White water rafting in Quillan (France) - Collioure (France) - Villefranche-de-Conflent and Mont-Louis (France)  - Perpignan - Ceret (France) - Andorra La Vella

Parlava, Rupia and La Sala
09 Oct 2014

Parlava church Parlava is a small village on the main route between La Bisbal d'Emporda and Figueres prior to crossing the river Ter at Verges. As such it's a village that many people will pass through on their way to somewhere else. This is really a walk of three churches and the September day had a strong autumn mist, so it was not a good day for photographs.

It would be fair to say that Parlava is not a particularly noteworthy village. It has a church and a handful of old streets but nothing that really catches the eye. The walk though is relatively flat and links with Rupia and La Sala - an area we've walked before (Rupia and Foixa) coming at Rupia, which is more interesting, from a different direction.

Rupia church After visiting the village centre we follow the bike route out in the direction of Casavells which leads out into the fields. At this time of year, fields are being ploughed and the landscape is a mixture of earthy browns and khaki greens. As we're walking there are views to Castell d'Emporda but otherwise it is a simple flat walk.

At the first proper turning right we follow the track towards a pig farm - there are no signposts but it is obvious that it is going towards Rupia in the distance where we can see the church. The track turns into a lane by the farm and we simply follow it to the stream at the entrance to Rupia. There are children playing with sticks in the water and a small playground.

La Sala (Ultramort) church A quick visit of Rupia and we head out across the main road (which links Flaca to Torroella de Montgri). This is part of our early walk so we know we will find the strangely isolated church at La Sala along the road.

At the crossroads, we turn up past the La Sala church and can see that it seems to be linked or connected to a farm. There are a number of old and new farmhouses in the area some of which look quite luxurious. After the church we need to walk on the road, turning right up the hill to link back to Parlava. For a quiet back road there are more cars than we would expect, but this could just be the time of day.

And so back to Parlava along the main road - a walk of three churches, but not too much else.

Walking route Parlava, Rupia and La Sala

Bascara - horses, fords and lost
29 Sep 2014

Bacara Church Costa Brava If you take the old N II (pronounced as N-two) road between Figueres and Girona instead of the AP7, then you will pass through the village of Bascara just after crossing the Fluvia river. Strategically this would have been an important crossing point for the river particularly as the village stands above the river. However, if you pass through now it's easy to miss the older part of the town which is off to the side from the main road.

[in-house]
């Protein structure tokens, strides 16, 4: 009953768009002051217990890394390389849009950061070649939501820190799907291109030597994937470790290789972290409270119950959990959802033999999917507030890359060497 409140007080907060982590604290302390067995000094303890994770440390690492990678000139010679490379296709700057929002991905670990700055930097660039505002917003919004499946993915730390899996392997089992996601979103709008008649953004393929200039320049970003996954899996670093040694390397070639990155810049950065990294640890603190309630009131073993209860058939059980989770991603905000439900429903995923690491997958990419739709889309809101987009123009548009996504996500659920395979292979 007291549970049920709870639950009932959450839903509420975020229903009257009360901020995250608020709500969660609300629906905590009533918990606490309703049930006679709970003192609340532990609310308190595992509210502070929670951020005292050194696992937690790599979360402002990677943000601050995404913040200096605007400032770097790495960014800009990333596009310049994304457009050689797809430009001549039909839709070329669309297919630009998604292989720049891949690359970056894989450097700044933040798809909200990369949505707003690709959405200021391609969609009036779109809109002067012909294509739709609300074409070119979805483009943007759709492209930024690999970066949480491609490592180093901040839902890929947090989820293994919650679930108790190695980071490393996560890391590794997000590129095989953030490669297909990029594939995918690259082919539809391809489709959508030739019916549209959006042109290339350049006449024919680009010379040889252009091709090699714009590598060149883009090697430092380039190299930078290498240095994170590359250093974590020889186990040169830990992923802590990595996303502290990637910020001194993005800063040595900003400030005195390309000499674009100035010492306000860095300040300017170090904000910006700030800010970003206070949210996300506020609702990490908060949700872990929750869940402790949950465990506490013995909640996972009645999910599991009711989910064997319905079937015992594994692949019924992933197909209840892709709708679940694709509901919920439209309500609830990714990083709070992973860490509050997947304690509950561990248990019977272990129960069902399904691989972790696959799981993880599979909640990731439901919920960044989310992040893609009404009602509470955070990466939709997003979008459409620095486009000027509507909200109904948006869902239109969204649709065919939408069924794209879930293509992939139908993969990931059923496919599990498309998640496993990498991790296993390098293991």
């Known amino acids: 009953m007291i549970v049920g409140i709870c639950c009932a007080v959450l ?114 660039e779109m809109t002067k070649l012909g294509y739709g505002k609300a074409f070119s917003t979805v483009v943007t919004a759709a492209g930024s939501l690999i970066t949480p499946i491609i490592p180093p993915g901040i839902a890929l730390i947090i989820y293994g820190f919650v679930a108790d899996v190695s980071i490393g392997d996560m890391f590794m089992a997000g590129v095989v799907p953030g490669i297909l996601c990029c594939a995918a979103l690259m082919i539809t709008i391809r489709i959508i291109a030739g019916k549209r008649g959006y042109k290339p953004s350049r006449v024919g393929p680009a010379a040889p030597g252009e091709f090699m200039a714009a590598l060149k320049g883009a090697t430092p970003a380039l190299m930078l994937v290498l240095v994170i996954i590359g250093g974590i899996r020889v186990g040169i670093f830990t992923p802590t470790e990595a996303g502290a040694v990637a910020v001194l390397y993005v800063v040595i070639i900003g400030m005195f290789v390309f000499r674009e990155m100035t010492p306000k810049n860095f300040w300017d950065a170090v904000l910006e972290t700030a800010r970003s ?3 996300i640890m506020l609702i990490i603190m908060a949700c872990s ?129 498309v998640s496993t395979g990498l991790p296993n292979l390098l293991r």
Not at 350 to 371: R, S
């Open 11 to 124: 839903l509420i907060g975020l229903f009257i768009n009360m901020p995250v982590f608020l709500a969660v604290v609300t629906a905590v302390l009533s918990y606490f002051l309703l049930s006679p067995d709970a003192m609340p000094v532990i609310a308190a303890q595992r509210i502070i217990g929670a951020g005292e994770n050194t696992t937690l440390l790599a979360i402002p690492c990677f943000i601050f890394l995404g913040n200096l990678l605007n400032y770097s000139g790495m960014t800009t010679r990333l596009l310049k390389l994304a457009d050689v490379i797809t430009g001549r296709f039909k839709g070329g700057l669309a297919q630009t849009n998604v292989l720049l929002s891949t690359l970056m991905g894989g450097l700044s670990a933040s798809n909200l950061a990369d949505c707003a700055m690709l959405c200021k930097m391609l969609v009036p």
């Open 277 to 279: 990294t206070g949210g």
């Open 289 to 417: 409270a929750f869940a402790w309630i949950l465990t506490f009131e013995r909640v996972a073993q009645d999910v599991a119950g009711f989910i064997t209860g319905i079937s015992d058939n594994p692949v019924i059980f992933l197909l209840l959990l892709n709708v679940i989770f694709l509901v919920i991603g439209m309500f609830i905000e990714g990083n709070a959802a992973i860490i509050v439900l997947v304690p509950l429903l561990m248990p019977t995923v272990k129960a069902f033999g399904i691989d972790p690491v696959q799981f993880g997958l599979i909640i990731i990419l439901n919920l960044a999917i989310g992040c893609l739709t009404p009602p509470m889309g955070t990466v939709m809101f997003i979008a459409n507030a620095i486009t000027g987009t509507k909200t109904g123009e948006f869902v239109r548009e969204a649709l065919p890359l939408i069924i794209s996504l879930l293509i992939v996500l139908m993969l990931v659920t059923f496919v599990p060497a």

Older crossing points of major rivers are usually good for walking as there is normally a history to the town including a castle or tower, and a mix of geographic features, so following our visit to Sant Miquel de Flluvia, Bascara seemed to be the next interesting place along. Unfortunately we managed to get a little lost on private roads, so I've avoided putting the path we walked.

Remains of Bascara Castle To start with we park just off the main road in amongst the village itself by a playground. Bascara isn't that big and the older part consists of about 4-5 older streets leading off from a central square and street that can be reached from the main road via an old gateway. We explore a little - the area is pedestrianised and the older streets have houses with lots of plant pots outside.

At the far end away from the square we reach the church which stands in its own large placa unusually a little off the centre of the town. However opposite the church are the remains of the old castle - barely a tower standing and with no access to see more. The location of Bascara means that it has been under attack many times in its history. The last time when it was occupied by the French in 1808-9.

Bascara River Fluvia and AVE railway bridge The castle and church then have an open space to the town walls. The town stands about 20-30m above the river Fluvia below and, unlike the castle, the walls have been renovated.

We take a path through the walls down to the river bank below. To start with we head up river. The Fluvia is quite broad at this point with a weiring system controlling the water flow. The river passes underneath a new bridge for the AVE high speed train line to Figueres. And as we follow the very pleasant river path we see that the AVE line also passes over a horse race track and equestrian centre.